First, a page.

On the other side of AP Latin

This week my oldest takes her AP Latin exam. Hitting milestones like these tends to make me reflective, and I thought I would look back on her four years of Latin study and pick out what she has gained from it.

When I started her on the Latin journey, it was mostly based on faith and hope that a return to past traditions would yield higher results. Now that I have seen it first hand, I can say why (I think) it makes you smarter. 1. Students have to work really hard to pick the right English words to translate Latin to English. This is because one Latin word can mean several different English words. Nuance plays an important role, and I have seen first-hand how my daughter is a better writer as she deliberates over her word choices. She critically thinks about how whole passages are written and what the author is trying to make you believe. 2. Latin word order is entirely different than English, and endings of the words indicate the part of speech. This means that a student has to analyze each word in the Latin sentence and determine the grammatical structure and work to put the words into correct English word order. 3. Preparing for the AP Latin exam involves huge amounts of literary analysis skills. My daughter has learned to dig for meaning through verb tense choices, word choices, sentence structure and more. This is done through reading The Aeneid, and analyzing the meter and the Latin words chosen to create and convey meaning. Then Caesar’s De Bello Gallico is also studied and analyzed. Students have to work really hard to access and understand the works in English. Reading the Latin and translating is such a high-level educational experience. 4. Her vocabulary is off the charts. She tested above 1700 Lexile level on her virtual schools reading tests since she was in Latin 2 in 7th grade. 5. Latin requires extreme attention to detail. This is the area of Latin where my daughter struggles the most. I think this is likely due to a combination of her youth and her personality. I have been very impressed with how she has grown and improved in her ability to pay attention and notice minor details. 6. Learning Latin takes loads of grit. Latin can sometimes be tedious and dull, and sometimes really interesting. There are a lot of highs and lows in it–at least if my kid is anything to go by. She has both hated it and loved it at different times. Persevering through the subject has given her strength of character and a myriad of academic skills.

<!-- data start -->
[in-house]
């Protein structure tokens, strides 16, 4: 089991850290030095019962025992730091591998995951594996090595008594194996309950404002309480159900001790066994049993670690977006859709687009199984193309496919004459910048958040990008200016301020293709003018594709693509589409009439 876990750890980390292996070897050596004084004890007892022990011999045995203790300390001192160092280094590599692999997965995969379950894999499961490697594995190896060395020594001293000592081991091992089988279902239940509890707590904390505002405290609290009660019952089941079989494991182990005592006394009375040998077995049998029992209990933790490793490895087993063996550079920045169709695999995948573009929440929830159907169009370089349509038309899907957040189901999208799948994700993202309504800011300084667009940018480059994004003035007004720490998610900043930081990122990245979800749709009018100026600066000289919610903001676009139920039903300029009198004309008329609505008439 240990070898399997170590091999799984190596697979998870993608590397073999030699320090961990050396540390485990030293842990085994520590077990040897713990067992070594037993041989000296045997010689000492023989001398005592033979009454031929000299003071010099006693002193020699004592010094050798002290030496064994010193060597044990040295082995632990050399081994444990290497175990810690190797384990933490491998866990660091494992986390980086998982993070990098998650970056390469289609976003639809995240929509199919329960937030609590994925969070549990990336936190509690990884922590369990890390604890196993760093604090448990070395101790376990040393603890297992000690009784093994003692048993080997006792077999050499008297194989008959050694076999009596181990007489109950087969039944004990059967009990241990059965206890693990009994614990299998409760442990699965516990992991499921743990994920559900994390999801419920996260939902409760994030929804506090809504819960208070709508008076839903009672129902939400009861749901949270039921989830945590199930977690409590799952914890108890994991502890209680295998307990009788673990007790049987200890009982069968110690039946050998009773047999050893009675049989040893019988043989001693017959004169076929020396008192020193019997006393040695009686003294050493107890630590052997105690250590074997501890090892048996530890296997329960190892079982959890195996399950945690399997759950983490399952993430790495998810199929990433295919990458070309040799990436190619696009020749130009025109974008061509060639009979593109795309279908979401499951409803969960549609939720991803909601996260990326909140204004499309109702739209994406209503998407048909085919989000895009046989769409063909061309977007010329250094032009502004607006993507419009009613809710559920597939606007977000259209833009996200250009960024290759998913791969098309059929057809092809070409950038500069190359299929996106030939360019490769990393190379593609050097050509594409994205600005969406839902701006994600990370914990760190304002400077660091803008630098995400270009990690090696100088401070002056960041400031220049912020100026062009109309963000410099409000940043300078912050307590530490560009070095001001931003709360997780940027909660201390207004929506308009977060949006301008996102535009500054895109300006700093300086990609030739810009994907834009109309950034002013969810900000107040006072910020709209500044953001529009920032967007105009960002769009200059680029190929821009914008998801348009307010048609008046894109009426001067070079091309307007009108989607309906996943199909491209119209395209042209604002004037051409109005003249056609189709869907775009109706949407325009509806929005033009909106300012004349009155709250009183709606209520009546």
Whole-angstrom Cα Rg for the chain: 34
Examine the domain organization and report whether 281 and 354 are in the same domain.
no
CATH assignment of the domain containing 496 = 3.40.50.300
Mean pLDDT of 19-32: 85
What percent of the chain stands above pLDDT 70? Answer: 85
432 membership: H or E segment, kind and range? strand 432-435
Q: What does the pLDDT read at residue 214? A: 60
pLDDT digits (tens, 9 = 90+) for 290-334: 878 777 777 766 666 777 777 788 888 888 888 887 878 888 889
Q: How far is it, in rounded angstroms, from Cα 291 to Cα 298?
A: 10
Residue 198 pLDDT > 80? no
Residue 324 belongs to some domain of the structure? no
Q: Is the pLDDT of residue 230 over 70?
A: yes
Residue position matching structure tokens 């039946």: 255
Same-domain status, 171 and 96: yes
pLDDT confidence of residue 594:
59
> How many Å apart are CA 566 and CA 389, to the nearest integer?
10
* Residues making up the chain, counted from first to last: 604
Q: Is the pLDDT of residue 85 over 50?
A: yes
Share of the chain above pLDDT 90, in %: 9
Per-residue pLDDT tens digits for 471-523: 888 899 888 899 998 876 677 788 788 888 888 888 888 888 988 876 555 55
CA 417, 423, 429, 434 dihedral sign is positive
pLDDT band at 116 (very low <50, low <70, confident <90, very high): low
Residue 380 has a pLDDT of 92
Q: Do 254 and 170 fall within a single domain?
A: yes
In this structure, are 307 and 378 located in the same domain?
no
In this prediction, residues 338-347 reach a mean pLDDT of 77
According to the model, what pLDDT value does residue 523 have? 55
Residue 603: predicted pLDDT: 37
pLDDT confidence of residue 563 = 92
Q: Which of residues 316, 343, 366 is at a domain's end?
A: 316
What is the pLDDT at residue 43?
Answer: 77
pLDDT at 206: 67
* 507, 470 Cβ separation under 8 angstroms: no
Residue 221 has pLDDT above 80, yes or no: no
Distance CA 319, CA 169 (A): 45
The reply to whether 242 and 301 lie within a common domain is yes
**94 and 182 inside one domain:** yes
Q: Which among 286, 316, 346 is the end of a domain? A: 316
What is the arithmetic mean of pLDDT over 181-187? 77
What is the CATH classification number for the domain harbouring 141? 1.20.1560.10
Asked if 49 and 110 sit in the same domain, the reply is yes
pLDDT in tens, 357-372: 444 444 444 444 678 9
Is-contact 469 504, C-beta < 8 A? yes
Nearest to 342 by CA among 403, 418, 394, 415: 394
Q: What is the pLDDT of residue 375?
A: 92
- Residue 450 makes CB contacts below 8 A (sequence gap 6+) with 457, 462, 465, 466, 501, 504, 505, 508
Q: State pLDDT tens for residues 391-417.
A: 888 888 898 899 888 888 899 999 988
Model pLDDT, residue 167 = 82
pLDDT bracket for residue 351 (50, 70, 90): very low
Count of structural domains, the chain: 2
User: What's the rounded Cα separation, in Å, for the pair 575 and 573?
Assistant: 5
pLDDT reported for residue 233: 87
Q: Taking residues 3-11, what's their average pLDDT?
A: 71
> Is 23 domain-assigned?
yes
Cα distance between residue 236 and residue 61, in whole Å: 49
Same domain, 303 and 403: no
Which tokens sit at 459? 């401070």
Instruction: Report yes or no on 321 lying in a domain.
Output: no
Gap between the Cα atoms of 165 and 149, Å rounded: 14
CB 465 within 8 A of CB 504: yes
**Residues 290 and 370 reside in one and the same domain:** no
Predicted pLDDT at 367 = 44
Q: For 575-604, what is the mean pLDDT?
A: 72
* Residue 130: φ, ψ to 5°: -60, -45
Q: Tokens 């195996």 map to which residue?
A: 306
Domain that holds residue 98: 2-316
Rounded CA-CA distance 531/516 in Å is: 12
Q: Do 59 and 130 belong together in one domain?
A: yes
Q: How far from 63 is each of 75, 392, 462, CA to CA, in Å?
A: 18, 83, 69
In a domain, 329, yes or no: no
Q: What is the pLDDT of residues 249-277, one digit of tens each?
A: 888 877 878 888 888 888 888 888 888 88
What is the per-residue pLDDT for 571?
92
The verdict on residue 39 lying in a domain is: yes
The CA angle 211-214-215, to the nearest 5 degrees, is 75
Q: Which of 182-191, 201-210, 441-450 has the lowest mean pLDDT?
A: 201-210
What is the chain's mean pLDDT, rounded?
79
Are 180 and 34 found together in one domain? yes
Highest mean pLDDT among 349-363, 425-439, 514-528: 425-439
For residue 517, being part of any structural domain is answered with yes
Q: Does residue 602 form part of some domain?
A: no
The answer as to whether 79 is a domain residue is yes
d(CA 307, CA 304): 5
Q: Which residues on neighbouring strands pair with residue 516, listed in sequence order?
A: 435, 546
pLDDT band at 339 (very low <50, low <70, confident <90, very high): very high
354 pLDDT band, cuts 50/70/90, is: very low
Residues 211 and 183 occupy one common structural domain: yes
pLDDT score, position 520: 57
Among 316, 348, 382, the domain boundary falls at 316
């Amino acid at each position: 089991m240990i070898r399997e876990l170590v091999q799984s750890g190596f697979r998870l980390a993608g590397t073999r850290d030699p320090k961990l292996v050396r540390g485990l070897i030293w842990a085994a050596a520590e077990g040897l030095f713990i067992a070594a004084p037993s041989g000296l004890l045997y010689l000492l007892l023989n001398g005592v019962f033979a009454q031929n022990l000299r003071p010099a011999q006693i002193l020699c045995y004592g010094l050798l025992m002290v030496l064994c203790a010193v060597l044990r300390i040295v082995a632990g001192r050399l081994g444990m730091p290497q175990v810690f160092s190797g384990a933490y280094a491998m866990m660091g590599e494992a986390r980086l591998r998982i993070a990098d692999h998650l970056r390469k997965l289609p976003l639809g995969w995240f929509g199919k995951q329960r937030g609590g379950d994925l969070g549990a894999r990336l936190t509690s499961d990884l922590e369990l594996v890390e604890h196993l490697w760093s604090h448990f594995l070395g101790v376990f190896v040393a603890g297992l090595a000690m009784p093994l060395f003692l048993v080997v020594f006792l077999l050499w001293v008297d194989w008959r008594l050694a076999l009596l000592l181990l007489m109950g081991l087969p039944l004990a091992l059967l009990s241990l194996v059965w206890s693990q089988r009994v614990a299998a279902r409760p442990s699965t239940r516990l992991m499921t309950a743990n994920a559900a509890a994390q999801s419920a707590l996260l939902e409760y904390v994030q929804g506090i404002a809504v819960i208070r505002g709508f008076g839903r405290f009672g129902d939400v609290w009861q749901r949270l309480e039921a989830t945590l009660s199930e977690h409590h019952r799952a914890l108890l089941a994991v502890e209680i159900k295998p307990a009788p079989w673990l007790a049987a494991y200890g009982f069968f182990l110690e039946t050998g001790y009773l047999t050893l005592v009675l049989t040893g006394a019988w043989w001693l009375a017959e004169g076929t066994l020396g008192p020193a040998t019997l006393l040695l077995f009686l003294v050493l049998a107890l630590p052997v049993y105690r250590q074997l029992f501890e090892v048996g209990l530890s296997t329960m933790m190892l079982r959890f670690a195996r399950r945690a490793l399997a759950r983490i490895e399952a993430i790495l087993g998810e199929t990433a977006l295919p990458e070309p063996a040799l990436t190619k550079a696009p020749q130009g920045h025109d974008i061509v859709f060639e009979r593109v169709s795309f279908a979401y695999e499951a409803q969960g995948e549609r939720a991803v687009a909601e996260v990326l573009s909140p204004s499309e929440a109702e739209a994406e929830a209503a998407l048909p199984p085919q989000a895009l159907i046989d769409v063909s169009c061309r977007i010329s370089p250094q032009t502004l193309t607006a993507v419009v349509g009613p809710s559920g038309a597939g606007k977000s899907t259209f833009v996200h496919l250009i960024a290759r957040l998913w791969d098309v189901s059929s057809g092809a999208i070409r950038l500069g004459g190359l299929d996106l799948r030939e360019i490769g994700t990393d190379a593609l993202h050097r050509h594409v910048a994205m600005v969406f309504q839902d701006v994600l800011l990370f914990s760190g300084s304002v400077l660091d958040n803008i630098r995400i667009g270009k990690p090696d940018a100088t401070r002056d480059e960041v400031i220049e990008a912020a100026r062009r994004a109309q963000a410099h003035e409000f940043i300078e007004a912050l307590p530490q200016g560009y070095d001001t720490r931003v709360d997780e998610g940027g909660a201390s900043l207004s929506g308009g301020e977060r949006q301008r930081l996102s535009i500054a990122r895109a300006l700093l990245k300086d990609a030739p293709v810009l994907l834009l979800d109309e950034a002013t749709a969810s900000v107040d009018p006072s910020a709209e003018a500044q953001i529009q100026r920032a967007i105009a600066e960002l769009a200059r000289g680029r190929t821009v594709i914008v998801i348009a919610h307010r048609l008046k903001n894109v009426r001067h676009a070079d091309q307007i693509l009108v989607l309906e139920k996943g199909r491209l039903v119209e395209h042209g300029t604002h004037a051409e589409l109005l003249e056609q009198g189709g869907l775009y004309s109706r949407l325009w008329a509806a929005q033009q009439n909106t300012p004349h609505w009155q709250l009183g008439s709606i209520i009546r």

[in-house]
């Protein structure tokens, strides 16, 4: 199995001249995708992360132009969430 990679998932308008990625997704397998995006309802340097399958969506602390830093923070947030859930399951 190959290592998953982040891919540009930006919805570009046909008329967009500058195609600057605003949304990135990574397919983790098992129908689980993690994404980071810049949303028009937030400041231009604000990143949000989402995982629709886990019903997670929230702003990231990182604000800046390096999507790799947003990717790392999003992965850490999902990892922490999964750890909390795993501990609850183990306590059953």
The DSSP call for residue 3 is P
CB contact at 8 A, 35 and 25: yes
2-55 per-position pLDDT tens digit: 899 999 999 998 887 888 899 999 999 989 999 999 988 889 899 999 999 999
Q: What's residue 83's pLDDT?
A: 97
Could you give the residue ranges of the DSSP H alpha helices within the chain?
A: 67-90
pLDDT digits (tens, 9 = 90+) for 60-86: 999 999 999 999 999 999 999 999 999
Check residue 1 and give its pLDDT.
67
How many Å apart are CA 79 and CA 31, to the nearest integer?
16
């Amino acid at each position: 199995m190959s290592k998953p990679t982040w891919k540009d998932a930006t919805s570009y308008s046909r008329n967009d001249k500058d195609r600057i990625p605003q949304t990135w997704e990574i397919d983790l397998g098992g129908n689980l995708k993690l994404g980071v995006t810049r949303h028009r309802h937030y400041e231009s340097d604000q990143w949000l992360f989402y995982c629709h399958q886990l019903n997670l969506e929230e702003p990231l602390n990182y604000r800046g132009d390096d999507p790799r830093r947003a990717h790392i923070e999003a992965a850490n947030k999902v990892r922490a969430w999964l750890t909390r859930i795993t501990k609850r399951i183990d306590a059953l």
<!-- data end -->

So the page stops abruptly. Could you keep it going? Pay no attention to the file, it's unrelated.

These skills have transferred to other disciplines and subjects. My daughter took AP US Government in 8th grade through an online school. She had to write a media guide where she analyzed news articles and looked for bias. She had to write multiple essays for the class. Her teacher said he had never seen another student like her and that, “Her powers of analysis [were] off the charts.” It is entirely attributed to her Latin preparation and whatever natural talent she was born with, but the way her mind was trained was through the Latin. I don’t know if all of my kids (or anyone else) will get the same results, but my current plan is to put all of my children through Latin because I didn’t do anything else to explicitly train her to analyze or process information (besides allowing her to read extensively). 

All told, DD will have finished 7 AP classes and tests by the end of this week. (Over the course of grades 7-9.) Her most difficult classes have always been her Latin classes, and by comparison everything else has been very doable for her. I am extremely satisfied with what she has gained through her Latin study, and she will be continuing on with Latin 5 in her 10th grade year. She will also be adding Greek because she is interested in learning another classical language, and also because we love this quote from Winston Churchill, “I would make them all learn English: and then I would let the clever ones learn Latin as an honor, and Greek as a treat.”